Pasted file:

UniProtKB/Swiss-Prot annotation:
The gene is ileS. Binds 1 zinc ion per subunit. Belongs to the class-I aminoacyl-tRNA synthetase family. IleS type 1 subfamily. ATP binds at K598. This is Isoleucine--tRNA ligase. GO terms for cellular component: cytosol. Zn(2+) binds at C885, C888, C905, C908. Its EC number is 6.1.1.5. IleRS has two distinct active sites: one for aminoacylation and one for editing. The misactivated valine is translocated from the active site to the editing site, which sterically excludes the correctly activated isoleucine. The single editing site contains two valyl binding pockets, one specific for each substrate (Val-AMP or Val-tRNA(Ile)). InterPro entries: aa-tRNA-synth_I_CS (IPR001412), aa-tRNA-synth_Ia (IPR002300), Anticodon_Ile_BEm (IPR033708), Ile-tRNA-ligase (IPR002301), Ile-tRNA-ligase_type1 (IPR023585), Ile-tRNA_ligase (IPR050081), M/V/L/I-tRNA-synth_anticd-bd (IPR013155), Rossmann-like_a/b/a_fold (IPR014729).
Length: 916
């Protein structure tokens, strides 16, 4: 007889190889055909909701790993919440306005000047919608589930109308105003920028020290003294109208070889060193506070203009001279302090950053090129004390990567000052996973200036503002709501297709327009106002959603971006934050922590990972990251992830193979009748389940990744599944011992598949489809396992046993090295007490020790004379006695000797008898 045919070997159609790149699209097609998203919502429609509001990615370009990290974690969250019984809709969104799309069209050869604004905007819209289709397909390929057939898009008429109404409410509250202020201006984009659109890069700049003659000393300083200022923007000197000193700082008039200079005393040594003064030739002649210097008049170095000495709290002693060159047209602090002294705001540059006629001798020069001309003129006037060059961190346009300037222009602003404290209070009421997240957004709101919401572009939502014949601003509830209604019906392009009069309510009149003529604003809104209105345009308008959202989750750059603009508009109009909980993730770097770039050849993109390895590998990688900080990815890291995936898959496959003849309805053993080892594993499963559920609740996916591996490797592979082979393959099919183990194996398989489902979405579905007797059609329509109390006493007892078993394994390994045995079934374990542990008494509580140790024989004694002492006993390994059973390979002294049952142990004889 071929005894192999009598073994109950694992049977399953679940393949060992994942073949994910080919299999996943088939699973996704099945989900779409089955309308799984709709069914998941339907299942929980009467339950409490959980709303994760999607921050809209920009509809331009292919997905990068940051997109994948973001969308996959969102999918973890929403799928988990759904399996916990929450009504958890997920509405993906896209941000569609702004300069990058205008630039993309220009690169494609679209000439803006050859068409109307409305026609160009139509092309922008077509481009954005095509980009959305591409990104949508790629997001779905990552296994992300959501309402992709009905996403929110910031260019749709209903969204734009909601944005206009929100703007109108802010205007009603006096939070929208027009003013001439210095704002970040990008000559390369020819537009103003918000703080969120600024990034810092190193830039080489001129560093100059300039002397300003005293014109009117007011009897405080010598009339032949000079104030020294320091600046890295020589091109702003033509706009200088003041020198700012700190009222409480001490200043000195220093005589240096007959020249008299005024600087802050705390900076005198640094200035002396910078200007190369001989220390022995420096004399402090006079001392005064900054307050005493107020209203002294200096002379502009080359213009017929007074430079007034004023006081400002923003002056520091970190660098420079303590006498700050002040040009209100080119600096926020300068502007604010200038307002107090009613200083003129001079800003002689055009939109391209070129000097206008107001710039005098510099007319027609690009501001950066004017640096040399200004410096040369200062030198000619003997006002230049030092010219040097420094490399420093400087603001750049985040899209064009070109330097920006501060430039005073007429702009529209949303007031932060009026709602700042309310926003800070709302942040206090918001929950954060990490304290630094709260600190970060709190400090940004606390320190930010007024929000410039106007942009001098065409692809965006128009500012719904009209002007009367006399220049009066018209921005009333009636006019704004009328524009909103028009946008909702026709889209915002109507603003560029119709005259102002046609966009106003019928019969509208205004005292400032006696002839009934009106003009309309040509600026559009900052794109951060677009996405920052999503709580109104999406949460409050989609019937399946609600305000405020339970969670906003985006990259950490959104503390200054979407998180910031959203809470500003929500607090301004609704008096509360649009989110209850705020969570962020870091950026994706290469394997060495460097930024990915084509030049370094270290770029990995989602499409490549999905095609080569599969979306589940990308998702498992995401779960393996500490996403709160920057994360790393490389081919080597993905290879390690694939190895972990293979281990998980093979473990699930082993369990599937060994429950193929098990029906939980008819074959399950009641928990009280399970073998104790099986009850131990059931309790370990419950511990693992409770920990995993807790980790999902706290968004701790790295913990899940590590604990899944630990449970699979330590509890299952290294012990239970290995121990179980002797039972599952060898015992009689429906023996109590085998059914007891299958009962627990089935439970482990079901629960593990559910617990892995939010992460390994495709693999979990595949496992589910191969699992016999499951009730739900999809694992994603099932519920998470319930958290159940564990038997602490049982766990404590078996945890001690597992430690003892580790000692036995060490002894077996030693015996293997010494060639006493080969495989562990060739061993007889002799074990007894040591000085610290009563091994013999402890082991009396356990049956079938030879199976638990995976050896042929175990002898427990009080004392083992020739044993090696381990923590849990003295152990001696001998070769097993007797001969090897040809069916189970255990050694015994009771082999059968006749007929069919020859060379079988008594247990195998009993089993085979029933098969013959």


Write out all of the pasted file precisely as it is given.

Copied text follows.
UniProtKB/Swiss-Prot annotation:
The gene is ileS. Binds 1 zinc ion per subunit. Belongs to the class-I aminoacyl-tRNA synthetase family. IleS type 1 subfamily. ATP binds at K598. This is Isoleucine--tRNA ligase. GO terms for cellular component: cytosol. Zn(2+) binds at C885, C888, C905, C908. Its EC number is 6.1.1.5. IleRS has two distinct active sites: one for aminoacylation and one for editing. The misactivated valine is translocated from the active site to the editing site, which sterically excludes the correctly activated isoleucine. The single editing site contains two valyl binding pockets, one specific for each substrate (Val-AMP or Val-tRNA(Ile)). InterPro entries: aa-tRNA-synth_I_CS (IPR001412), aa-tRNA-synth_Ia (IPR002300), Anticodon_Ile_BEm (IPR033708), Ile-tRNA-ligase (IPR002301), Ile-tRNA-ligase_type1 (IPR023585), Ile-tRNA_ligase (IPR050081), M/V/L/I-tRNA-synth_anticd-bd (IPR013155), Rossmann-like_a/b/a_fold (IPR014729).
Length: 916
């Protein structure tokens, strides 16, 4: 007889190889055909909701790993919440306005000047919608589930109308105003920028020290003294109208070889060193506070203009001279302090950053090129004390990567000052996973200036503002709501297709327009106002959603971006934050922590990972990251992830193979009748389940990744599944011992598949489809396992046993090295007490020790004379006695000797008898 045919070997159609790149699209097609998203919502429609509001990615370009990290974690969250019984809709969104799309069209050869604004905007819209289709397909390929057939898009008429109404409410509250202020201006984009659109890069700049003659000393300083200022923007000197000193700082008039200079005393040594003064030739002649210097008049170095000495709290002693060159047209602090002294705001540059006629001798020069001309003129006037060059961190346009300037222009602003404290209070009421997240957004709101919401572009939502014949601003509830209604019906392009009069309510009149003529604003809104209105345009308008959202989750750059603009508009109009909980993730770097770039050849993109390895590998990688900080990815890291995936898959496959003849309805053993080892594993499963559920609740996916591996490797592979082979393959099919183990194996398989489902979405579905007797059609329509109390006493007892078993394994390994045995079934374990542990008494509580140790024989004694002492006993390994059973390979002294049952142990004889 071929005894192999009598073994109950694992049977399953679940393949060992994942073949994910080919299999996943088939699973996704099945989900779409089955309308799984709709069914998941339907299942929980009467339950409490959980709303994760999607921050809209920009509809331009292919997905990068940051997109994948973001969308996959969102999918973890929403799928988990759904399996916990929450009504958890997920509405993906896209941000569609702004300069990058205008630039993309220009690169494609679209000439803006050859068409109307409305026609160009139509092309922008077509481009954005095509980009959305591409990104949508790629997001779905990552296994992300959501309402992709009905996403929110910031260019749709209903969204734009909601944005206009929100703007109108802010205007009603006096939070929208027009003013001439210095704002970040990008000559390369020819537009103003918000703080969120600024990034810092190193830039080489001129560093100059300039002397300003005293014109009117007011009897405080010598009339032949000079104030020294320091600046890295020589091109702003033509706009200088003041020198700012700190009222409480001490200043000195220093005589240096007959020249008299005024600087802050705390900076005198640094200035002396910078200007190369001989220390022995420096004399402090006079001392005064900054307050005493107020209203002294200096002379502009080359213009017929007074430079007034004023006081400002923003002056520091970190660098420079303590006498700050002040040009209100080119600096926020300068502007604010200038307002107090009613200083003129001079800003002689055009939109391209070129000097206008107001710039005098510099007319027609690009501001950066004017640096040399200004410096040369200062030198000619003997006002230049030092010219040097420094490399420093400087603001750049985040899209064009070109330097920006501060430039005073007429702009529209949303007031932060009026709602700042309310926003800070709302942040206090918001929950954060990490304290630094709260600190970060709190400090940004606390320190930010007024929000410039106007942009001098065409692809965006128009500012719904009209002007009367006399220049009066018209921005009333009636006019704004009328524009909103028009946008909702026709889209915002109507603003560029119709005259102002046609966009106003019928019969509208205004005292400032006696002839009934009106003009309309040509600026559009900052794109951060677009996405920052999503709580109104999406949460409050989609019937399946609600305000405020339970969670906003985006990259950490959104503390200054979407998180910031959203809470500003929500607090301004609704008096509360649009989110209850705020969570962020870091950026994706290469394997060495460097930024990915084509030049370094270290770029990995989602499409490549999905095609080569599969979306589940990308998702498992995401779960393996500490996403709160920057994360790393490389081919080597993905290879390690694939190895972990293979281990998980093979473990699930082993369990599937060994429950193929098990029906939980008819074959399950009641928990009280399970073998104790099986009850131990059931309790370990419950511990693992409770920990995993807790980790999902706290968004701790790295913990899940590590604990899944630990449970699979330590509890299952290294012990239970290995121990179980002797039972599952060898015992009689429906023996109590085998059914007891299958009962627990089935439970482990079901629960593990559910617990892995939010992460390994495709693999979990595949496992589910191969699992016999499951009730739900999809694992994603099932519920998470319930958290159940564990038997602490049982766990404590078996945890001690597992430690003892580790000692036995060490002894077996030693015996293997010494060639006493080969495989562990060739061993007889002799074990007894040591000085610290009563091994013999402890082991009396356990049956079938030879199976638990995976050896042929175990002898427990009080004392083992020739044993090696381990923590849990003295152990001696001998070769097993007797001969090897040809069916189970255990050694015994009771082999059968006749007929069919020859060379079988008594247990195998009993089993085979029933098969013959």